Naypyidaw is the capital of Myanmar, located in the Mandalay Division of the central part of the country, over 300 kilometers north of the former capital Yangon. Naypyidaw consists of the city proper (downtown) and three surrounding townships, Pyinmana, Lewe and Tatkon. The administrative capital of Myanmar was officially moved 3 kilometres west of Pyinmana on the 6th of November 2005. Although the official reason for the movement of the government is the fact that Yangon had become too congested and crowded, it is widely believed that Naypyidaw has become the capital because of its central and strategical location compared to Yangon. Naypyidaw is close to the Shan, Chin and Karen states, and it is felt that a stronger military and governmental presence nearby might provide stability to those chronically turbulent regions.
Naypyidaw has a hot and humid tropical climate. Temperatures are well above 30 degrees Celcius during the day and mostly around 20 degrees at night. Temperatures from mid March to May can reach 40 degrees making this time rather unpleasant for visiting the city. This time is often called the hot dry season.
From June to October is rainy season. There is massive amounts of rainfall this time of year
The best time to visit is during the cool dry season which is December to February. During this period there is still warm and pleasant weather with pleasant nights around 18 degrees. It usually is dry and rather sunny during these months.
Internet is now widely and cheaply available in Yangon, Mandalay, and Bagan, but more limited elsewhere. However access can be slow although now unrestricted. Rates are around 300 kyat/hour in Yangon and 1,000-3,000 kyat/hour elsewhere. Some hotels, although rare, allow free access to the internet.
The government records screenshots every five minutes from PCs in Internet cafés to monitor Internet usage. If you don't want your privacy violated in this way, save your surfing for Thailand or wherever you head next.
See also International Telephone Calls
Myanmar's country code is 95.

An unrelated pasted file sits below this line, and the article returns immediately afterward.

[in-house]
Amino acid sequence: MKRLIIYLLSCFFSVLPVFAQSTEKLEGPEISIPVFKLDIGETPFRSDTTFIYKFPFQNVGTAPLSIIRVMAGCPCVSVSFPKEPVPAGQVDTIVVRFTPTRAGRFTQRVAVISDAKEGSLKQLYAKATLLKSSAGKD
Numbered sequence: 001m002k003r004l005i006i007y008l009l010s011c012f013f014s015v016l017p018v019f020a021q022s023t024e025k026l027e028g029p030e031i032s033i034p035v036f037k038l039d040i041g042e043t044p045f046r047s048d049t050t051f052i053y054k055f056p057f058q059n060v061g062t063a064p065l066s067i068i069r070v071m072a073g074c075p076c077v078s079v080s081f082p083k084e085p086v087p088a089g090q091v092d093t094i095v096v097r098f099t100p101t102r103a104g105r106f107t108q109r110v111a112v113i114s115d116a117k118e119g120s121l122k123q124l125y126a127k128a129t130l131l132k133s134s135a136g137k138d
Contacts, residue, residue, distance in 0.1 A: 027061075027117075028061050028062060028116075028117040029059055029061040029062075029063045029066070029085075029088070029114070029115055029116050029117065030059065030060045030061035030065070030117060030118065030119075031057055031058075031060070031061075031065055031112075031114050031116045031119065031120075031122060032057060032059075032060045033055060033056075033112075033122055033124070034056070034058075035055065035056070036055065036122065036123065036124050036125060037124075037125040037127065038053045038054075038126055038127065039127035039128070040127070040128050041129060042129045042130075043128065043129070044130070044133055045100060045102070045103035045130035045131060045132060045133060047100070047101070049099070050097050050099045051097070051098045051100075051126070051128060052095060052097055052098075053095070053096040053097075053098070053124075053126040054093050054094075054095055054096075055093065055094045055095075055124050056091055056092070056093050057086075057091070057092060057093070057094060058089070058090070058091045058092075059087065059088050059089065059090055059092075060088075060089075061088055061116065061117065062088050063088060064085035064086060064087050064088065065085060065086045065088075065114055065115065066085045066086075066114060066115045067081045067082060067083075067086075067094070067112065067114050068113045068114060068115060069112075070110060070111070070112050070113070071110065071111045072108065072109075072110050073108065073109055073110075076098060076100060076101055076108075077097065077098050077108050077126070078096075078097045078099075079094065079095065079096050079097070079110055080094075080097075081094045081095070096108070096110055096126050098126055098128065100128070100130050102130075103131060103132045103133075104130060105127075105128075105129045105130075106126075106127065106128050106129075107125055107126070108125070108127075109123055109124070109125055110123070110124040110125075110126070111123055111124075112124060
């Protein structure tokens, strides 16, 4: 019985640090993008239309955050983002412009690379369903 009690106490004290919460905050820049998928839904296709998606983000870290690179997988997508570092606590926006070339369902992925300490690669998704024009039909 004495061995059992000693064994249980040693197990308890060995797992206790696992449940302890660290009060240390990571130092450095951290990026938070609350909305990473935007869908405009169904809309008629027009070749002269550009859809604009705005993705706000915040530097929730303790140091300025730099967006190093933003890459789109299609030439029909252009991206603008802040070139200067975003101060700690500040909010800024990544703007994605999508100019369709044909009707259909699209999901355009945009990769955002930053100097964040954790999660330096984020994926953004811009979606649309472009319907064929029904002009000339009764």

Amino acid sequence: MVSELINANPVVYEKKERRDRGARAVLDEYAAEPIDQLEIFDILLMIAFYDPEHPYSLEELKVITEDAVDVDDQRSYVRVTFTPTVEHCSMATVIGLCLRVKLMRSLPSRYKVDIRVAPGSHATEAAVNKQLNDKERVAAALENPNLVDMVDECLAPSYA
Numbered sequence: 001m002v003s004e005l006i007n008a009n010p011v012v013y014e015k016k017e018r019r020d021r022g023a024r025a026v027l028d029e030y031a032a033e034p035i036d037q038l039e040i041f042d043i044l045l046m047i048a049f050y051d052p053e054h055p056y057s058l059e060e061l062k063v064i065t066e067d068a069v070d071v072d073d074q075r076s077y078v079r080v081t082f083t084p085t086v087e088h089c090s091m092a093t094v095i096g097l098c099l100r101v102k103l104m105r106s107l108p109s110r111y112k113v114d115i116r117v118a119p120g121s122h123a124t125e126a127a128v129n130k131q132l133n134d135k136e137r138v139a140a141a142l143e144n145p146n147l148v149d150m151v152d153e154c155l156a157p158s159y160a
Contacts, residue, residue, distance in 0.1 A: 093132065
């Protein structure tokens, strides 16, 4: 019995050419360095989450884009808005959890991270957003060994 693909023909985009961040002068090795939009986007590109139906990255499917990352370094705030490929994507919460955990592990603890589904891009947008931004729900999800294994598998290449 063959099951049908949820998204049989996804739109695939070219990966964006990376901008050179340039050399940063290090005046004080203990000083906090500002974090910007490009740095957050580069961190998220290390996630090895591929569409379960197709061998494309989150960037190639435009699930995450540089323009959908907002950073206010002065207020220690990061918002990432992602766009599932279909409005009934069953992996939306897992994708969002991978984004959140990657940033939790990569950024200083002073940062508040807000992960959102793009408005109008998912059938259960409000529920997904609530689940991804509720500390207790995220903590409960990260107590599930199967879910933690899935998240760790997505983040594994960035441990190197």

International phone calls can be arranged at the Central Telephone & Telegraph Office at the corner of Ponsodan and Mahabandoola Streets in Yangon. International Direct Dial calls are also possible from most hotels and at many public call offices (often a phone in a shop), but they are expensive, e.g., a call to the US costs USD6–7 per min.
The MPTGSM mobile phone network is provided by the Myanmar Government's Post and Telecommunication agency. This works on the GSM900 band, so is visible to multi-band GSM phones. Roaming is available onto MPT's GSM 900 network, subject to agreements between operators; check with your operator before you leave to be sure. Unfortunately, MPT only has international roaming agreements with operators from a limited number countries and territories. Nevertheless, if your own mobile telephone can detect the MPT GSM network, then you may be able to buy a USD20 SIM card which will work for 28 days.
As of October 2014, Telenor and Ooredoo, two international companies, have entered the market. Sim cards are cheap and widely available (1500 kyats for a Telenor sim). Nevertheless, connectivity can still be limited to urban centres, Yangon and Mandalay in particular. Telenor seems to have a better connection and plans to improve nets massively in the next years. Although MPT has the widest coverage, it is also the most expensive.
International mail out of Myanmar is reportedly quite efficient, despite what some hotels might tell you.
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